Saturday, August 29, 2015

Virginia Creeper Trail: Damascus to the North Carolina State Line

This trip was sort-of a mistake. On Wednesday I felt so sick I called out of work. I felt especially bad that evening, curled up and shivering on the couch. On Thursday I felt well enough to go to work. On Friday I felt even better. I figured today I would feel great. It turned out that I did not feel great today, but because I had made the long drive up to Damascus, I did not want to bail on my plan.

I arrived at the parking lot at the town park in Damascus, set up my bike and hit the trail. The journey began with a ride through town. Finally, I headed out of the city limits and into the woods.
leaving Damascus
I passed a large pile of railroad ties
railroad ties
and began following (and occasionally crossing over) Whitetop Laurel Creek. 
creek 2
Soon I entered into the Jefferson National Forest and Mount Rogers National Recreation Area.
entering Mount Rogers NRA
I slowly passed by the old concrete mile markers as I steadily climbed.
mile marker 22
I was pretty tired just 7 miles into my ride and so I stopped at a campsite along the creek.
creek 3
A beaver had gnawed a tree down and across the campfire ring.
beaver stump
I ate a snack and drank some water.

When I finally felt like moving again the climb felt even steeper. I crossed several more old trestle bridges
cardinal flower and trestle
and enjoyed the wildflowers that lined the trail.
wildflowers
Soon the trail crossed through some meadow areas.
trail through meadow
When I had last ridden this section of trail, 15 years ago, it seems there were more cow pastures than there are today. When I arrived at a Christmas tree farm,
Christmas trees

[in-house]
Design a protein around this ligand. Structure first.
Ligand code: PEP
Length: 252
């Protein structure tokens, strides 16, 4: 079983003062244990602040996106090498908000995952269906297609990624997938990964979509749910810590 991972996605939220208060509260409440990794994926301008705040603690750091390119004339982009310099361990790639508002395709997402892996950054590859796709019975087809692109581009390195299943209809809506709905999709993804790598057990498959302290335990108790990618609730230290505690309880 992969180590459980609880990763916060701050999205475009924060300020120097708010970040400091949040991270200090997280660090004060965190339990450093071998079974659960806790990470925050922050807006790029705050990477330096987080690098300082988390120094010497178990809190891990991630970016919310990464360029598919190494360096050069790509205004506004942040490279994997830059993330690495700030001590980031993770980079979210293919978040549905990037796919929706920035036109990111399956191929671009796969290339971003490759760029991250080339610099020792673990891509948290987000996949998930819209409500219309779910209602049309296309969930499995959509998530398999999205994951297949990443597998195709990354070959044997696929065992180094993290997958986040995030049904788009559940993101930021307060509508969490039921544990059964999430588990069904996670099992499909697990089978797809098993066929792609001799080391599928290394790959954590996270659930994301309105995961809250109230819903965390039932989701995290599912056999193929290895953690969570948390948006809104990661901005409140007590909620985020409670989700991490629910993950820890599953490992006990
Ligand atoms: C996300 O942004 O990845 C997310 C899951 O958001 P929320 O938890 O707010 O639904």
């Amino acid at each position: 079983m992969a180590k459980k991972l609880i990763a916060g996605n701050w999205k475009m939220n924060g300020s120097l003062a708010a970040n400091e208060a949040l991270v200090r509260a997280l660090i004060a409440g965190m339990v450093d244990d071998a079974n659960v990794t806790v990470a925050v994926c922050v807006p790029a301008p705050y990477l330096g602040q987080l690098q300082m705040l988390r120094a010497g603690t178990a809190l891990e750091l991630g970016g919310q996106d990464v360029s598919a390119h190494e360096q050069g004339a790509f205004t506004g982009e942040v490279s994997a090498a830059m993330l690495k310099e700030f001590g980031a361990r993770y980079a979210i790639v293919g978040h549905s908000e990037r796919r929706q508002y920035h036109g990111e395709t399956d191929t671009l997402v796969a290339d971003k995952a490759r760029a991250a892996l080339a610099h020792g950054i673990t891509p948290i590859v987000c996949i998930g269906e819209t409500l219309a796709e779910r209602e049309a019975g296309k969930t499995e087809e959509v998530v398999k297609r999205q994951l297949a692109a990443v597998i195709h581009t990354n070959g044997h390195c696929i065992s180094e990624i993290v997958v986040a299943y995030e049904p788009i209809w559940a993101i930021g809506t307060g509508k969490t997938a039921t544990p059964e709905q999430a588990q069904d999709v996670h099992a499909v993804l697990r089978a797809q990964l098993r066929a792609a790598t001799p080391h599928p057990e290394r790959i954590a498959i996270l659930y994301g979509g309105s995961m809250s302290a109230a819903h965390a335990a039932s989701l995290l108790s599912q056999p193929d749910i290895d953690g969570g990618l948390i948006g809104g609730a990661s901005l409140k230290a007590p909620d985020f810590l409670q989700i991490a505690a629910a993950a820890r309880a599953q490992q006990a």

I feel my suspicions were confirmed. I definitely remember there being pastures there before.

I arrived at Green Cove station,
Green Cove
extremely tired and out of water. Unfortunately, I discovered the nearest water was at Whitetop Station, about 3 miles up the line. I continued on. Getting over my recent illness and dealing with dehydration since I had run out of water made for some slow riding. Embarrassingly, I even had to walk for a short distance due to my thighs cramping up. I was relieved to finally arrive at Whitetop Station.
Whitetop Station
I immediately headed inside for some water and rested on the grass outside for a bit.
relaxing at Whitetop

When I felt recovered, I decided to ride the trail to its official end at the North Carolina border, not quite a mile further on. The ride to the state boundary was actually one of the more interesting sections of trail. It seems to be seldom traveled. I passed by a pond in a meadow
pond and meadow
and some wonderful wildflowers.
two flowers
ironweed
I let my front tire touch North Carolina soil
end of trail
and then turned around. It would be really interesting if some day the state of North Carolina continued the trail in their state. What would be really interesting is if some day the trail could be linked with the old Tweetsie line to form long mega-trail through Virginia, North Carolina, and Tennessee. I'm sure there's a long gap between where the two lines end, but one can dream.

I made my way back to Whitetop Station, passing mile marker 34.
mile marker 34
The rest of the ride is really a blur. It went very fast, being downhill. I did stop to check out a nice view from the top of another Christmas Tree farm
Christmas tree and view
and then later at a small waterfall on Whitetop Laurel Creek.
cascades
Otherwise, the trip back to the car took 1/4 the time the trip up had taken.

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